Psychology Sustainable Living

    (eco)Mindfulness: The Attention Shift We All Should Be Making

    July 24, 2019

    In March, I wrote a series of articles about mindfulness in many areas of our PERSONAL lives– diet, fitness, stress management. We know that practicing mindfulness and being more present in the moment cant help us psychologically & physically. These motives are all driven by a desire to better ourselves personally. However today I would like to make the shift by looking at mindfulness not in an internal manner but rather, outward.

    So this means taking all of the ideas of mindfulness, presence and attention and shifting them outwards, towards the environment, the future of the planet and even the giant plastic demon that has finally come round to stare us in the face.

    I think that in the war of sustainability and eco-friendliness- Mindfulness is the FIRST STEP. How can we change, if we aren’t aware?

    It’s a lot to take on and I’m not saying being more aware is a cheery thing either. Like when we see tear-jerking pictures of starving polar bears and whales washing to shore with their bellies full of plastic. Sometimes it’s easier to think “I wish I could help, I can’t do anything about it.” or ” Poor things, I can’t stand looking”.

    That’s where you are wrong. While it’s much easier to close the internet page, or turn off the TV, we all have to buck up and realize WE ARE ALL responsible and CAN make a positive impact. It means changing our way of thinking before we change our way of acting.

    Everyday we do things that may seem so banal we have forgotten the true impact. Take, garbage for example. We open the mail- throw out advertising/envelopes, we drink bottled water and chuck the bottle, we discard empty food packages, we forget food in the back of the fridge and it ends up in the garbage. This is every single day. At the end of the week we have trash bins that are full of plastic bottles, letters, papers, glass, food waste. We think nothing of it and eventually bring it to the collective trash area in our apartments or we put it on the curb and it will ‘disappear’ soon enough.

    These are the moments that we need that slap in the face from eco-mindfulness to bring that image of the polar bear or whale back to mind. Instead of saying “I can’t do anything about it.” we can say “I’ll try to reduce some of my trash by buying a reusable (Non-plastic) water bottle.” It is about the little things. You don’t have to go from zero to no waste in 3.4 seconds. You’re not a Ferrari.

    In fact today I’m not even talking about changing our actions, just our attention. Work on becoming informed and aware of the impact of your style of life. Sometimes to become more mindful we have to accept hard truths about ourselves and the way we currently live. I sure have. I came to a point where I was so aware of how much plastic was being used around me, and how much I was personally contributing as well. This uncomfortable thought pushed me to make changes. We aren’t all ‘doomed’ and it isn’t too late to change the way we think.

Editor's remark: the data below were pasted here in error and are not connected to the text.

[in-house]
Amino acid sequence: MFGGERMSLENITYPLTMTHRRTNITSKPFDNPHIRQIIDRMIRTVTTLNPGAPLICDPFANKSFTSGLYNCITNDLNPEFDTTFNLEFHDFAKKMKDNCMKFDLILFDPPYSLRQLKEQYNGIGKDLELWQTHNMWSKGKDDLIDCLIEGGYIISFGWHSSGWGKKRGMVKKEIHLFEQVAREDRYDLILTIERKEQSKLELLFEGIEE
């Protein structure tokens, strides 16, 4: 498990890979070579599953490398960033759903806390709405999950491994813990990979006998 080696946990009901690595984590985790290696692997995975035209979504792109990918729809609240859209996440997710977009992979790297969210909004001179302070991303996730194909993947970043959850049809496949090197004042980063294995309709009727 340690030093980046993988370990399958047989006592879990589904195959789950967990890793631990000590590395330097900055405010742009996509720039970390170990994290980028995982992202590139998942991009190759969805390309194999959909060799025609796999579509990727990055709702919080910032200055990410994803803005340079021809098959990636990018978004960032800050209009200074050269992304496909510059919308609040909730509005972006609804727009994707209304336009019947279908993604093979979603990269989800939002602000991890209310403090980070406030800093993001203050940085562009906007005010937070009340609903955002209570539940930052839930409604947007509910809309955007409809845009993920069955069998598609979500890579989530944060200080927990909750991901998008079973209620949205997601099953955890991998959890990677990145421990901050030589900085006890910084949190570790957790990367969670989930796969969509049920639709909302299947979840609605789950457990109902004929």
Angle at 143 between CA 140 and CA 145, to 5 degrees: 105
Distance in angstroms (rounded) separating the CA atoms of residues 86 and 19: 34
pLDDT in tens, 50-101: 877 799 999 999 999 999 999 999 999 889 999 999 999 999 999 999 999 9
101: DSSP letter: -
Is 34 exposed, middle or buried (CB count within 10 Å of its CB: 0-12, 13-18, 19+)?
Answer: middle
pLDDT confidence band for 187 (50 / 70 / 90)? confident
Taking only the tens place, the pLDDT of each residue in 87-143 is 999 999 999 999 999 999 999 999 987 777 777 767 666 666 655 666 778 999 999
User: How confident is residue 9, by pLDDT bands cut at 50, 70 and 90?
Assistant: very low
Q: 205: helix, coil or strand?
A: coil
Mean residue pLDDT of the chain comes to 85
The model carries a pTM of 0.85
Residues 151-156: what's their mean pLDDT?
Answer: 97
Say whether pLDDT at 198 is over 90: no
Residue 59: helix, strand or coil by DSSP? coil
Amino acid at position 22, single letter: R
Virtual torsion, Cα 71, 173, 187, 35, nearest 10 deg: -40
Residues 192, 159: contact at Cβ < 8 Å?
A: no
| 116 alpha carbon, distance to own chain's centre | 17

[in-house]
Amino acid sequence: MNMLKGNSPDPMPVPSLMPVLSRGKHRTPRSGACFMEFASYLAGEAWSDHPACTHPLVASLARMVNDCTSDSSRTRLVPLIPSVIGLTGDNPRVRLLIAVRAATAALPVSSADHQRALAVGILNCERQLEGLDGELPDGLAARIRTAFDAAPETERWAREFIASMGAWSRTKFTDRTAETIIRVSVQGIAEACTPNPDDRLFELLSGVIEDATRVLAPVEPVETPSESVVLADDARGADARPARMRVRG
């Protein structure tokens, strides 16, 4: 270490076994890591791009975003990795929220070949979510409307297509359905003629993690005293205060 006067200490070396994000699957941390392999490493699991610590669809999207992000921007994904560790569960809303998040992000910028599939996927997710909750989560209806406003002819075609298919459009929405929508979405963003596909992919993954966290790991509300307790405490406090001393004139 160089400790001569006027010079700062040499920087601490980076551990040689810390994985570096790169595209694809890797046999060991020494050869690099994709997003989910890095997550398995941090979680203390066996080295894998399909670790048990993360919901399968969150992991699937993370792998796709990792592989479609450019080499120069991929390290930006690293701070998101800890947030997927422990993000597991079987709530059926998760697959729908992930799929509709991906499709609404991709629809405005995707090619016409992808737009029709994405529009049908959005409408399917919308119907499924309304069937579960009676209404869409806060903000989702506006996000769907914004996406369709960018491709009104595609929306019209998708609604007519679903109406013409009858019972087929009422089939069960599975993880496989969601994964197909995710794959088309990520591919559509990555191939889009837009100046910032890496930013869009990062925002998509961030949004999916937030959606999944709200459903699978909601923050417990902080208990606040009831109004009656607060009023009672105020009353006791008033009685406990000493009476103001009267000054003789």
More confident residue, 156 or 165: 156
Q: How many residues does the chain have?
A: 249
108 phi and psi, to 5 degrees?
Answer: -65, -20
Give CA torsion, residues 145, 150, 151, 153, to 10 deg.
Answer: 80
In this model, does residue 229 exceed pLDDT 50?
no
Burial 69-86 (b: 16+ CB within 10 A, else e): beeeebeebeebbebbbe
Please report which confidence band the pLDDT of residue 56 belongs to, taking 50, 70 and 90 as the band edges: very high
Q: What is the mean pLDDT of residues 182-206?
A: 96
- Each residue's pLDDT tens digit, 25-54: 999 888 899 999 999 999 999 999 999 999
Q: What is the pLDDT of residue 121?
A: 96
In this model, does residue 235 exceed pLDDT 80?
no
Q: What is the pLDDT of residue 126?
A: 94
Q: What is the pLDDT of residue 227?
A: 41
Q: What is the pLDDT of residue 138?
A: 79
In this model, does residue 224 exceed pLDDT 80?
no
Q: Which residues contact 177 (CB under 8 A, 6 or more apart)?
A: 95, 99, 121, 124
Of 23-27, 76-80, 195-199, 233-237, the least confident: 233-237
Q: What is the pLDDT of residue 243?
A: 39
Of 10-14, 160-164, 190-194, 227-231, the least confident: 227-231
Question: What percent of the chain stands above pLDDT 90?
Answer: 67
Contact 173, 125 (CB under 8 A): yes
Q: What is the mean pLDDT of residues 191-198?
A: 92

By taking into mind the mindfulness tips mentioned in the Mindful March series, we can shift our attention outwards. Raising awareness of the consequences of our actions will help to push us towards changing them. Although sometimes it’s really easy to say ‘oh screw it’ and fall back into habits that aren’t eco-friendly for commodity, it’s all about mentally training ourselves into being aware and catching ourselves.

    So in order to embrace changing our actions– let us take the first baby step and begin to change the way we think.

    How can I start to be more eco-aware?

    1. Be Informed: watch the news stories, learn about new alternatives and embrace the hard truths one at a time. You could try following some zero-waste, sustainable living, environmental instagrammers or pages to get more involved in the topics.
    2. Accept your role: we all have to accept our influence and assume responsibility. We’ve gotta be the change and quit waiting for someone else to solve the problem.
    3. Reflect on the possible ways to change: during your daily routine, think about whether what you are doing is the most ecological solution. Most likely the answer will be no for many of our daily habits. All of these no’s open up a space for mindful thinking. Instead of what you currently do– brainstorm some better solutions.
    4. Take a Mental Vinyasa: it’s hard to change our ways– so when you do catch yourself falling back into old ways (for example: buying a plastic bottle of water because you are thirsty and it’s the easiest option)– take a few deep breaths and make a mental note on how to avoid this the next time. For example “next time I’ll remember to bring my own” or “I wonder if there was a water fountain close by”.

    Eco- Mindfulness Task:

    This week I want you to try out #4 from the list. As you run through your routine each day, take a moment to ask yourself if each action or choice is the best solution. Is there an easy alternative? Would you be willing to implement it into your life?

    Some things you can consider:
    Morning/evening routine: products used for shower, hair care, make up.
    Cleaning routines and products used: laundry, dishes etc.
    Meals: food origin, seasonality, dining out, packaging.
    Consumption: lights, gas, A/C or heat, car use

  • Well Being

    Mindful March: Cultivating Awareness

    March 6, 2019

    Mindfulness is a psychological process that simply put means “to live in the moment” and to concentrate one’s attention on experiencing the moment at hand. There are many benefits to learning to be more mindful. Some…